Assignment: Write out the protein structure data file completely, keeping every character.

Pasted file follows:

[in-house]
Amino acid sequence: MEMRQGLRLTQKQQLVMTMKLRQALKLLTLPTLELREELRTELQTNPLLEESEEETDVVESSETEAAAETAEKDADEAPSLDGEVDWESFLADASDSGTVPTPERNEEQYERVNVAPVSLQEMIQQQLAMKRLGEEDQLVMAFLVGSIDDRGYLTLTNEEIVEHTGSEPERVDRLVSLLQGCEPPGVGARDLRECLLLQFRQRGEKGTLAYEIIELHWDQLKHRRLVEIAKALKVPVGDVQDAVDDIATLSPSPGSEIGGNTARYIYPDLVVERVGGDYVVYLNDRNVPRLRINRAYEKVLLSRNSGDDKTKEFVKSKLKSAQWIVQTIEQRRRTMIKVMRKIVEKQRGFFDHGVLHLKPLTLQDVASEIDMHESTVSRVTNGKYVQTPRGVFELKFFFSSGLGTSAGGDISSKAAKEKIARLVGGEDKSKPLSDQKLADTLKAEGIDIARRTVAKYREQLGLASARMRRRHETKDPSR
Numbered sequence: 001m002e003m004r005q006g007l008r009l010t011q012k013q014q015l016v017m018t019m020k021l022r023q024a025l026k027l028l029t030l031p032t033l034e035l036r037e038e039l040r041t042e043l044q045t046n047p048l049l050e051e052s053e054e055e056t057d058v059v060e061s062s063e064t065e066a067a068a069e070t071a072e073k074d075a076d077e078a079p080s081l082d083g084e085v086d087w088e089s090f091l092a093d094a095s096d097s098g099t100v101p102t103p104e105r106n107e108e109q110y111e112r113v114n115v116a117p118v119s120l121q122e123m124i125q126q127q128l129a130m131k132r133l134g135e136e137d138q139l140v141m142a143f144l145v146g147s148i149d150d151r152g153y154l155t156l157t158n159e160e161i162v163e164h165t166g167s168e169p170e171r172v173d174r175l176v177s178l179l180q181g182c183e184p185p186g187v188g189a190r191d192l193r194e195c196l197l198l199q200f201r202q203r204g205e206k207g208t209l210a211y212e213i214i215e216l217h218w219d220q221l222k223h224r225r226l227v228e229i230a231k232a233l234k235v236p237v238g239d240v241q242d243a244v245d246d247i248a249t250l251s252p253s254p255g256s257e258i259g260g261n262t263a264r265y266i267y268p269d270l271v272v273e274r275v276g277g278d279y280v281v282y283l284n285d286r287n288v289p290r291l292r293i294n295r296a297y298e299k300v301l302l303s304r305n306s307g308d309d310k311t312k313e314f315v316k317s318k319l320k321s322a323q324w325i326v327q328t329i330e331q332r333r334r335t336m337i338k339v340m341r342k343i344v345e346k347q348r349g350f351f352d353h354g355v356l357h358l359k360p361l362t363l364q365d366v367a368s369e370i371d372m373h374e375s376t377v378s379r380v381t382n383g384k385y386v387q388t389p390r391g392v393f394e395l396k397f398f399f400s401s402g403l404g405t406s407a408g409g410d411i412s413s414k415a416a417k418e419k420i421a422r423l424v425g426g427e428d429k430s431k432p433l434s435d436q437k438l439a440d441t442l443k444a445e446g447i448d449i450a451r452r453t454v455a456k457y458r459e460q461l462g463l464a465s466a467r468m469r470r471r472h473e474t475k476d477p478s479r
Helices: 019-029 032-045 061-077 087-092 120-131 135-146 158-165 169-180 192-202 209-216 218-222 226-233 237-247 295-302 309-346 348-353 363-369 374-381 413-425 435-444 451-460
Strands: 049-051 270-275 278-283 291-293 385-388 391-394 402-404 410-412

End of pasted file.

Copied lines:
[in-house]
Amino acid sequence: MEMRQGLRLTQKQQLVMTMKLRQALKLLTLPTLELREELRTELQTNPLLEESEEETDVVESSETEAAAETAEKDADEAPSLDGEVDWESFLADASDSGTVPTPERNEEQYERVNVAPVSLQEMIQQQLAMKRLGEEDQLVMAFLVGSIDDRGYLTLTNEEIVEHTGSEPERVDRLVSLLQGCEPPGVGARDLRECLLLQFRQRGEKGTLAYEIIELHWDQLKHRRLVEIAKALKVPVGDVQDAVDDIATLSPSPGSEIGGNTARYIYPDLVVERVGGDYVVYLNDRNVPRLRINRAYEKVLLSRNSGDDKTKEFVKSKLKSAQWIVQTIEQRRRTMIKVMRKIVEKQRGFFDHGVLHLKPLTLQDVASEIDMHESTVSRVTNGKYVQTPRGVFELKFFFSSGLGTSAGGDISSKAAKEKIARLVGGEDKSKPLSDQKLADTLKAEGIDIARRTVAKYREQLGLASARMRRRHETKDPSR
Numbered sequence: 001m002e003m004r005q006g007l008r009l010t011q012k013q014q015l016v017m018t019m020k021l022r023q024a025l026k027l028l029t030l031p032t033l034e035l036r037e038e039l040r041t042e043l044q045t046n047p048l049l050e051e052s053e054e055e056t057d058v059v060e061s062s063e064t065e066a067a068a069e070t071a072e073k074d075a076d077e078a079p080s081l082d083g084e085v086d087w088e089s090f091l092a093d094a095s096d097s098g099t100v101p102t103p104e105r106n107e108e109q110y111e112r113v114n115v116a117p118v119s120l121q122e123m124i125q126q127q128l129a130m131k132r133l134g135e136e137d138q139l140v141m142a143f144l145v146g147s148i149d150d151r152g153y154l155t156l157t158n159e160e161i162v163e164h165t166g167s168e169p170e171r172v173d174r175l176v177s178l179l180q181g182c183e184p185p186g187v188g189a190r191d192l193r194e195c196l197l198l199q200f201r202q203r204g205e206k207g208t209l210a211y212e213i214i215e216l217h218w219d220q221l222k223h224r225r226l227v228e229i230a231k232a233l234k235v236p237v238g239d240v241q242d243a244v245d246d247i248a249t250l251s252p253s254p255g256s257e258i259g260g261n262t263a264r265y266i267y268p269d270l271v272v273e274r275v276g277g278d279y280v281v282y283l284n285d286r287n288v289p290r291l292r293i294n295r296a297y298e299k300v301l302l303s304r305n306s307g308d309d310k311t312k313e314f315v316k317s318k319l320k321s322a323q324w325i326v327q328t329i330e331q332r333r334r335t336m337i338k339v340m341r342k343i344v345e346k347q348r349g350f351f352d353h354g355v356l357h358l359k360p361l362t363l364q365d366v367a368s369e370i371d372m373h374e375s376t377v378s379r380v381t382n383g384k385y386v387q388t389p390r391g392v393f394e395l396k397f398f399f400s401s402g403l404g405t406s407a408g409g410d411i412s413s414k415a416a417k418e419k420i421a422r423l424v425g426g427e428d429k430s431k432p433l434s435d436q437k438l439a440d441t442l443k444a445e446g447i448d449i450a451r452r453t454v455a456k457y458r459e460q461l462g463l464a465s466a467r468m469r470r471r472h473e474t475k476d477p478s479r
Helices: 019-029 032-045 061-077 087-092 120-131 135-146 158-165 169-180 192-202 209-216 218-222 226-233 237-247 295-302 309-346 348-353 363-369 374-381 413-425 435-444 451-460
Strands: 049-051 270-275 278-283 291-293 385-388 391-394 402-404 410-412